8 Papal licence, one not dated, with bits of unusual Latin terminology (6)
INDULT – I + N.D. + U[nusual] L[atin] T[erminlogy].   Knowing indulgence, you are likely to see this.
9 New marking fools on square may get in army unit, US soldier excepted (12)
REASSESSMENT – RE(ASSES, S)[gi]MENT.   A complicated cryptic that will probably be only partially understood while solving.
11 Around edge of country spots old hybrid animals (6)
MOYLES – MO([countr]Y)LES.   Old because the word is archaic.
19 Herbs and grass, mostly in America (7)
20 Private home with hospital facility (6)
INWARD – IN + WARD, another easy one.
22 Fantastic eleven getting carried away? (6)
ENLEVE –  Anagram of ELEVEN, a French term adopted in English.
23 Debater stirring our rage, nothing less (6)
ARGUER –  Anagram of [o]UR RAGE, a starter clue.
24 Girl lacking energy in improvised singing (6)
25 Fish — a shiny group brought aboard ship (6)
SARGOS – S(ARGO)S.   The Argo is a former constellation.
27 Top-notch fabric used up to make ribbon (5)
TENIA – A I NET upside down.
28 Tribe shows formality leading province (5)

6 comments on “Mephisto 3256 – In which Don Manley has the last word”

  1. I’m very happy to report that you must be right and this is not “too bad,” because I finished Mr. Manley’s last—just now! Just this minute! Had set it aside for a whole week. I did not, however, fully parse PROSAIST (and I find the parsing rather convoluted, to be honest…)— actually my POI, despite a very obvious definition. It was great to find so many words that I had never seen before—even if I’m likely to never come across them again… SENTE, VADOSE, WHAUR, INDULT, ANTIAR, HENEQUIN, PERLITE, RICINUS, TENIA, SOREL, GORGIA… I think that’s the entire list!

    GUIDON I knew (like ENLEVÉ) because it’s French, of course (Vexillologie! Now, there’s a word for Mephisto. Twelve letters, just fits!).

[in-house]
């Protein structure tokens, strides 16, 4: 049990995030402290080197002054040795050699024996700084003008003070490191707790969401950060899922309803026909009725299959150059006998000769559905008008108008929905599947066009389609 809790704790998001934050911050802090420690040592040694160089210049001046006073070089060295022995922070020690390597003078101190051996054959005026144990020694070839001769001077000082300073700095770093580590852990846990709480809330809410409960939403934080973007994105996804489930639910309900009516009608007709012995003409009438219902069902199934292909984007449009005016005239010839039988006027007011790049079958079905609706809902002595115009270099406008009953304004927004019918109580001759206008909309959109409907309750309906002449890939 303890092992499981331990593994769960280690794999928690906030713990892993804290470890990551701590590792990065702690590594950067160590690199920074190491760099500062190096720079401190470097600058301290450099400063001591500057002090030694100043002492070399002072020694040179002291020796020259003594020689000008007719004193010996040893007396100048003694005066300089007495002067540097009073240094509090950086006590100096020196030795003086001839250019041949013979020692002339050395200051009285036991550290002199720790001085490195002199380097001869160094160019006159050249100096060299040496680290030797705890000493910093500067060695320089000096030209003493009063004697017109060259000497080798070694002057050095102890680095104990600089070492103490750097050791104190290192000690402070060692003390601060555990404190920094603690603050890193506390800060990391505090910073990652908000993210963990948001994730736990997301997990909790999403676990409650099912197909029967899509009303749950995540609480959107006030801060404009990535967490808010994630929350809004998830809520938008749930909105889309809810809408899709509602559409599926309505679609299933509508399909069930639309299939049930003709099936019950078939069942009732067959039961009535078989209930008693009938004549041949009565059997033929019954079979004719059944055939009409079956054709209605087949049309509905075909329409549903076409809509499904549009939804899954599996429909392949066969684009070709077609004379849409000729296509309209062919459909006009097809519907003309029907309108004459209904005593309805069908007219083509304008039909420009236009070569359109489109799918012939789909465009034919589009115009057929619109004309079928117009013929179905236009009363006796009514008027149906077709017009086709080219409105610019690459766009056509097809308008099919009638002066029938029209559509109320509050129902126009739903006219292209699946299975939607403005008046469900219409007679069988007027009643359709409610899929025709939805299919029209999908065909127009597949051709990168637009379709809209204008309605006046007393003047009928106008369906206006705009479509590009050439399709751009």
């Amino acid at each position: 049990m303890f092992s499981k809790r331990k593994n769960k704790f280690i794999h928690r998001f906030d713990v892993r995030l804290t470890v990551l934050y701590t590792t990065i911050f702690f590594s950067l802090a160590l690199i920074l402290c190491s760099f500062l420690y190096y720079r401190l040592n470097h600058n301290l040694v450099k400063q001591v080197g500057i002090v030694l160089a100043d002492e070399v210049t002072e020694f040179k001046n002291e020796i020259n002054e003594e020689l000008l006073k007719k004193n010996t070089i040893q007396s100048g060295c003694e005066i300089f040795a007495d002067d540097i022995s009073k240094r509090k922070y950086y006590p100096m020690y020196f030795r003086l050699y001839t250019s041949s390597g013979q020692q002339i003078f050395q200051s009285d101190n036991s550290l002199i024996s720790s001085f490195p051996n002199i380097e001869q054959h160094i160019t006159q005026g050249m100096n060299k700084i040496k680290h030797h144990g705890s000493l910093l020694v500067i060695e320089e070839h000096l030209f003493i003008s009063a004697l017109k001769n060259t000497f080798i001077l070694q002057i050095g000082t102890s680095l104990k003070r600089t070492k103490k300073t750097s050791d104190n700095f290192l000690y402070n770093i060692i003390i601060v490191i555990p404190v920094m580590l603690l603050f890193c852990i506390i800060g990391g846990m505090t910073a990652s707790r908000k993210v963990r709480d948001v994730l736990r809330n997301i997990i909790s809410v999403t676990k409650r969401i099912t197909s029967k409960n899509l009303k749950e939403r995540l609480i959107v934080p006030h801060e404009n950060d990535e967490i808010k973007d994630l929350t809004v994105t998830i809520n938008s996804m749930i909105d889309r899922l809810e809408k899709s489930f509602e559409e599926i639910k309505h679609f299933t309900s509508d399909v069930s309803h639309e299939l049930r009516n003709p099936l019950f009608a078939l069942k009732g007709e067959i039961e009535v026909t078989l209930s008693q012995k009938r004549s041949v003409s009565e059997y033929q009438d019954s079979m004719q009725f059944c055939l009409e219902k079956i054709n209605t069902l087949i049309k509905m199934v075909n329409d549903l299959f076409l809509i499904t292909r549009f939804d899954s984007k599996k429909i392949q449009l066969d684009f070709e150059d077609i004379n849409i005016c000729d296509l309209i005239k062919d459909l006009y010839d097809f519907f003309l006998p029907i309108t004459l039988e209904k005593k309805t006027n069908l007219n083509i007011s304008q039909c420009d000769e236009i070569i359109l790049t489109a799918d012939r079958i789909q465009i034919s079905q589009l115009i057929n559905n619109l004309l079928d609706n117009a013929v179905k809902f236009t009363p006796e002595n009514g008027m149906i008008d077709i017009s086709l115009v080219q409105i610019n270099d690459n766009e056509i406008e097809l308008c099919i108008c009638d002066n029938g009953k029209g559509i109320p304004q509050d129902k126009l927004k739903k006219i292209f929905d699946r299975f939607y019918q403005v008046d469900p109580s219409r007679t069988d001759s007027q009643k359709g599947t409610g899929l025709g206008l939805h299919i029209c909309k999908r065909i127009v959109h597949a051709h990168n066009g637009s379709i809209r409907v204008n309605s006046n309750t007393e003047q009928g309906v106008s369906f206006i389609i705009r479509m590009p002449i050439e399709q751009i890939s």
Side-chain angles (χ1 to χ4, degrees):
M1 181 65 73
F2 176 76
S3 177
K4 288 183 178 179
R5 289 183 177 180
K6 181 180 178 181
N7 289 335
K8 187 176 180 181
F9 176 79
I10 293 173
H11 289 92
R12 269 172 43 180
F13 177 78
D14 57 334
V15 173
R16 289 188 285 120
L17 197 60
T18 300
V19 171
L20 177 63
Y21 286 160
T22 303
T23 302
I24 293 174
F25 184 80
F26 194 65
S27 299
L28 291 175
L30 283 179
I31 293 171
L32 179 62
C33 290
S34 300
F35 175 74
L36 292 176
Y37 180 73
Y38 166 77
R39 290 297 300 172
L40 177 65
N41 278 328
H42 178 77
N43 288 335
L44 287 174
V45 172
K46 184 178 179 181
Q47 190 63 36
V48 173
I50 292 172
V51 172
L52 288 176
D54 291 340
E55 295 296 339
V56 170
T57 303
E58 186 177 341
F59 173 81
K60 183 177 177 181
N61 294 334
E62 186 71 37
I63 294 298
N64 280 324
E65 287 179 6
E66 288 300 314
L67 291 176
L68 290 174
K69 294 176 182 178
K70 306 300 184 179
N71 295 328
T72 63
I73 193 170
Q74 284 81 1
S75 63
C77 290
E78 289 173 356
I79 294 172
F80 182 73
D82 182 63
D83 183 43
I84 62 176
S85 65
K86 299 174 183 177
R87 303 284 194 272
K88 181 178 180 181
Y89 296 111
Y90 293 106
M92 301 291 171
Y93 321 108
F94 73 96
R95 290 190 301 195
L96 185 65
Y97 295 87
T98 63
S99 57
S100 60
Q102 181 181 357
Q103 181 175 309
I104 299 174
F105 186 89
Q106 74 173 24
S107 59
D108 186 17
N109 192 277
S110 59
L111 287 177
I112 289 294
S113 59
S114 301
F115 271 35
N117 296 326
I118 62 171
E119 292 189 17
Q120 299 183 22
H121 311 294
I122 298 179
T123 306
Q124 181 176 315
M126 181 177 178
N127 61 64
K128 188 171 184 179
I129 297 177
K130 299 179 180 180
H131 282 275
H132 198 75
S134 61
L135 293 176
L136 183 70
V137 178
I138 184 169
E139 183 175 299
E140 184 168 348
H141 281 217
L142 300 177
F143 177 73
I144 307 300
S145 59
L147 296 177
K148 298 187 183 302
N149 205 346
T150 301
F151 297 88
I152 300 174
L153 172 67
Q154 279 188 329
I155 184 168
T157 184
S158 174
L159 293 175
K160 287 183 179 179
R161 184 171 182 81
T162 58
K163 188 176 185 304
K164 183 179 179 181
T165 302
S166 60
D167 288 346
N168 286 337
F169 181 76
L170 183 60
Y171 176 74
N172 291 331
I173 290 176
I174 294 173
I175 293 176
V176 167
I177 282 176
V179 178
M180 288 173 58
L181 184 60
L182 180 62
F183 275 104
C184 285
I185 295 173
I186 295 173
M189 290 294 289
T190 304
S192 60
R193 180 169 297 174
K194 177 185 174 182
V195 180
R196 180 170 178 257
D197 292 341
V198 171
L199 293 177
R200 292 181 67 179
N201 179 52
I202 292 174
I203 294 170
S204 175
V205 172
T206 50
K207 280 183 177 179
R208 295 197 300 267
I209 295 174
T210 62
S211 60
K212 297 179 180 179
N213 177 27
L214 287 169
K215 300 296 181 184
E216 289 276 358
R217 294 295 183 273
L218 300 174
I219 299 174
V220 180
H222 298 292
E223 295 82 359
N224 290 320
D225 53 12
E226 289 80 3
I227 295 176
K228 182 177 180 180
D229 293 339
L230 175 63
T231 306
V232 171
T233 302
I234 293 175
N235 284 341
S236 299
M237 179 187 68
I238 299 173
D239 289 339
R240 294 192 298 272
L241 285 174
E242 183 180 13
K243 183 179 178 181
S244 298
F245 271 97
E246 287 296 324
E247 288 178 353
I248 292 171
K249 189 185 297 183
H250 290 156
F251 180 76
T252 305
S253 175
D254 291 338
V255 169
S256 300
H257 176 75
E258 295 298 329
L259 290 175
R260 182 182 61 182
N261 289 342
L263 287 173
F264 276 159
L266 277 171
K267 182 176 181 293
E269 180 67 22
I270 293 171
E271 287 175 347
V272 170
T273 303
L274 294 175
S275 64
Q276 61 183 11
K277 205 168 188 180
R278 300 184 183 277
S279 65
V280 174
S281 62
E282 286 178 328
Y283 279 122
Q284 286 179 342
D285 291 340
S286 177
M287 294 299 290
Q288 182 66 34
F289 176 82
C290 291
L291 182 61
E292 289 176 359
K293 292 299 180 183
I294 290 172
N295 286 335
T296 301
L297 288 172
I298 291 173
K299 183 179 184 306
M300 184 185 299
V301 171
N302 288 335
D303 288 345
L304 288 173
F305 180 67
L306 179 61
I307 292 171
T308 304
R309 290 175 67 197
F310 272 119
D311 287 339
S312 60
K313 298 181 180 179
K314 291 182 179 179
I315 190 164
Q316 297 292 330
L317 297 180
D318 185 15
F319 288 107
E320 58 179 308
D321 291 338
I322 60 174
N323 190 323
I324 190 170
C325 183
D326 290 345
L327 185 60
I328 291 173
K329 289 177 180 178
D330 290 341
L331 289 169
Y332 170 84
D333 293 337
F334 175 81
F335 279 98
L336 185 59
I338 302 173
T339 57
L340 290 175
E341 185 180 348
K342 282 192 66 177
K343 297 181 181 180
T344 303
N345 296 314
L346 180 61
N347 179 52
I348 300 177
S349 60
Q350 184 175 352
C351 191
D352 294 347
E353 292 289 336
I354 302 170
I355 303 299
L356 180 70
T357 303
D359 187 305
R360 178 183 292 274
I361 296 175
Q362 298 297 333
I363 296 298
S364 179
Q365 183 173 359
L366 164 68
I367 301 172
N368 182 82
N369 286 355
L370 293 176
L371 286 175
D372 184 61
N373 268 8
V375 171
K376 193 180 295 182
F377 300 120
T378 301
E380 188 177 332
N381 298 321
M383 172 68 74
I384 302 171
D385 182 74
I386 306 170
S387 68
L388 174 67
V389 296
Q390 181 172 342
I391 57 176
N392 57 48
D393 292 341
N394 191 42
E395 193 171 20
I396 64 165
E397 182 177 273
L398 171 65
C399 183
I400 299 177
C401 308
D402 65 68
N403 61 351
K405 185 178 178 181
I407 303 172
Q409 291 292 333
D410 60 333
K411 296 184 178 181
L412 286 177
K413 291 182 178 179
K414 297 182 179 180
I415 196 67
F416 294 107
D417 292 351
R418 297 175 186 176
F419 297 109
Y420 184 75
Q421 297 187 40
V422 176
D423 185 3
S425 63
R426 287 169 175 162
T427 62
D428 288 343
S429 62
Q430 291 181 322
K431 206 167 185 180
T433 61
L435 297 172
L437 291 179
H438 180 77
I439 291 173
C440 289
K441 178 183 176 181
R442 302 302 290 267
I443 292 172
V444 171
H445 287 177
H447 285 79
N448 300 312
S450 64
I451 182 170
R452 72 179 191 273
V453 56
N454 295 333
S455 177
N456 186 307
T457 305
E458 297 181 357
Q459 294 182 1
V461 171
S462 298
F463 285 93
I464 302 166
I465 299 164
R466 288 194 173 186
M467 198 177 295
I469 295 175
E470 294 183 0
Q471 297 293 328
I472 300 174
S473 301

But SAGE THRASHER (two words everywhere I looked) is an addition to my ornithological knowledge.

    SOREL in this sense is found in Merriam-Webster, and as British (“a male fallow deer”)…
    —although it is not found in Collins or Go figure!

    I don’t think I missed anything, Jonathan, when parsing REASSESSMENT. 😉

  2. I should also like to say thank you to Mr. Manley. By no means do I ever finish a Mephisto without resorting to aids but I find the dictionary trawl part of the pleasure.
    I wonder whether 21 ac is his way of saying that he needs a day off – appropriate as the M falls on the day of rest?
    Many thanks to vinyl for the blog.

  3. Ridiculously, SPORTIVE was the one that took me an age to parse after I’d finished. PROSAIST was great, the sort of clue that wins DM prizes elsewhere, and I think THRONED was my second favourite.
    Apart from the usual handful of unknown words, the SAGE THRASHER was new to me. Sounds like a headmaster who quotes Protagoras before picking up the cane.
    I was looking for a hidden farewell message, but couldn’t see anything apart from the GuiDON in the bottom right. Thank you to Mr Manley for all his entertainment from the Mephisto chair.

  4. Fun puzzle and I thought a notch up in difficulty compared to the normal Don Manley Mephisto. Looking forward to the future and thanks for all the fun, DM.

  5. Not too hard, this. Thanks so much to DM for all the superb puzzles and all the best for a happy Mephisto-retirement.